EMOTIONAL Meghan Markle has revealed in an explosive interview how she and Prince Harry are just "surviving" intense media attention and the scrutiny they face is unfair.

The Duchess of Sussex has told of the unbearable pressure of life in the spotlight, saying she had "no idea" of the struggles she would deal with as a member of the royal family.

In a candid interview for an ITV documentary, she revealed her friends warned her not to marry Harry because the media focus would "destroy your life", admitting that since the wedding and during her pregnancy she felt "vulnerable".

Prince Harry, who said his wife has faced "relentless propaganda", also told the programme of the pressure he felt trying to "protect" his family from unwanted media attention, because he doesn't want a "repeat of the past".

Harry, 35, voiced his desire to leave the UK and revealed he is considering living in Africa one day.

He said: "I don't know where we could live in Africa at the moment.

"We've just come from Cape Town, that would be an amazing place for us to be able to to base ourselves, of course it would.

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"But with all the problems that are going on there I just don't see how we would be able to really make as much difference as we'd want to.'"

Harry also revealed Africa will be the main focus of his and Meghan's work in the future.

He said: "The rest of our lives, especially our life's work will be predominantly focused on Africa, on conservation.

"There are 19 commonwealth countries across this continent, there's a lot of things to be done, there's a lot of problems here but there's also huge potential for solutions.

Speaking about the trip, he added: 'We've traversed across Africa, we've met a hell of a lot of people. There's a lot of work to do.

"We have to make sure the money spent on this trip is worth it so the public understand what we're trying to do.

"We're certainly not trying to lead the way, we're trying to do what is right

"We want to be authentic."

He also spoke about his relationship with his brother William, admitting that they are travelling on "different paths" in what is the first public acceptance of a rift.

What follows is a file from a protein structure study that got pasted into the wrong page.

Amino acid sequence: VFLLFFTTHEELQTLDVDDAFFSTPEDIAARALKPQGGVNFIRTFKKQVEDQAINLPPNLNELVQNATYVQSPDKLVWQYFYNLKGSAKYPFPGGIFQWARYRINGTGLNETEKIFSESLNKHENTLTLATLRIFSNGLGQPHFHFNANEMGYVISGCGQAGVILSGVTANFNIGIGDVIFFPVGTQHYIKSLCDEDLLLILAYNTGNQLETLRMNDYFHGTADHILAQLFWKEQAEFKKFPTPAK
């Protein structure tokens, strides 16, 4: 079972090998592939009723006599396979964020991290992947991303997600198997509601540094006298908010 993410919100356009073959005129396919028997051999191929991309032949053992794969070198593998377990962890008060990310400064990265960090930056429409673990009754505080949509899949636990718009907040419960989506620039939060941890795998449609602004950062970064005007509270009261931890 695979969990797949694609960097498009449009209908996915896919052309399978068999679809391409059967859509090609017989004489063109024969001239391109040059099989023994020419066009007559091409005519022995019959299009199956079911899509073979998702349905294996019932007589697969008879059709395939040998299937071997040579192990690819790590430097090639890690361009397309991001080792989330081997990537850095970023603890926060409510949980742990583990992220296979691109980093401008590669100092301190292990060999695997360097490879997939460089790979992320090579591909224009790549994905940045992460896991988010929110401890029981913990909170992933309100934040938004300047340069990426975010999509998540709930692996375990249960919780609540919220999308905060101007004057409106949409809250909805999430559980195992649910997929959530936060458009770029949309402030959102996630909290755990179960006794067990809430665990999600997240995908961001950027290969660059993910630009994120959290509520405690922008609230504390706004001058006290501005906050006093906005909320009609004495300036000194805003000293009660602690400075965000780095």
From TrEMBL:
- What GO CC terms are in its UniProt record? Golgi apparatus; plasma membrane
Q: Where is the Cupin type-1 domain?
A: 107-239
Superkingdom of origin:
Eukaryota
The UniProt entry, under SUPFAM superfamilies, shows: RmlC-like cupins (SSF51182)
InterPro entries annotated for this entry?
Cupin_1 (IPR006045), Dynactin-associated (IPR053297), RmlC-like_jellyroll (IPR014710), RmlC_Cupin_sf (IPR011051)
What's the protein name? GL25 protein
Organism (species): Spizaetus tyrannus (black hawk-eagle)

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The searingly honest interviews come following months of controversy involving Meghan and Harry, who came under fire for their privacy demands over Archie's christening, their use of private jets, and Meghan's Wimbledon appearance when she banned fans from taking photos.

And just two weeks ago the couple waged war on the media, announcing they were suing the Mail on Sunday over its publication of Meghan's estranged father's letters, and began legal action against the Sun and now defunct News of the World over phone hacking allegations.

After the programme aired the couple were met with a mixed response from the public on social media, some praising their honesty, but others criticised them for trying to find "sympathy" that they don't deserve, branding it a "missed opportunity" for them to win back support.

Tom Bradby's hour-long documentary, 'Harry & Meghan: An African Journey', followed the royal couple during their official tour of Africa last month.

The duchess, who has a five-month-old son, Archie, told Bradby that it was essential for her to "thrive" and "feel happy", warning simply enduring unwanted scrutiny is "not the point of life".

She told how she "really tried to adopt the British sensibility of a stiff upper lip" - but believes burying emotions like that can only lead to "damage".

In what was the first on-screen interview since becoming a mother, the American former actress admitted to feeling "vulnerable" during her pregnancy with Archie under the media spotlight.

She said: "It's hard. I don't think anybody can understand that. In all fairness, I had no idea, which probably sounds difficult to understand, but when I first met Harry, my friends were so excited, my US friends were happy because I was happy.

"But my British friends, they were sure he was lovely, but they said I shouldn't do it because 'the British tabloids will destroy your life'.

"Because I'm American I very naively didn't get it. It's complicated."

Meghan added: "I never thought that this would be easy, but I thought it would be fair and that's the part that's really hard to reconcile.

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"I've said for a long time to H – that's what I call him – it is not enough to just survive something. That's not the point of life. You've got to thrive and feel happy.

"I really tried to adopt this British sensibility of a stiff upper lip. I tried, I really tried.

"But I think what that does internally is probably really damaging."

Harry described the way he deals with the pressures of his life as being a matter of "constant management", adding: "I thought I was out of the woods and then suddenly it all came back, and this is something that I have to manage.

"Part of this job, and part of any job, like everybody, is putting on a brave face and turning a cheek to a lot of the stuff, but again, for me and again for my wife, of course there is a lot of stuff that hurts, especially when the majority of it is untrue.

"But all we need to do is focus on being real, and focus on being the people that we are, and standing up for what we believe in.

"I will not be bullied into playing a game that killed my mum."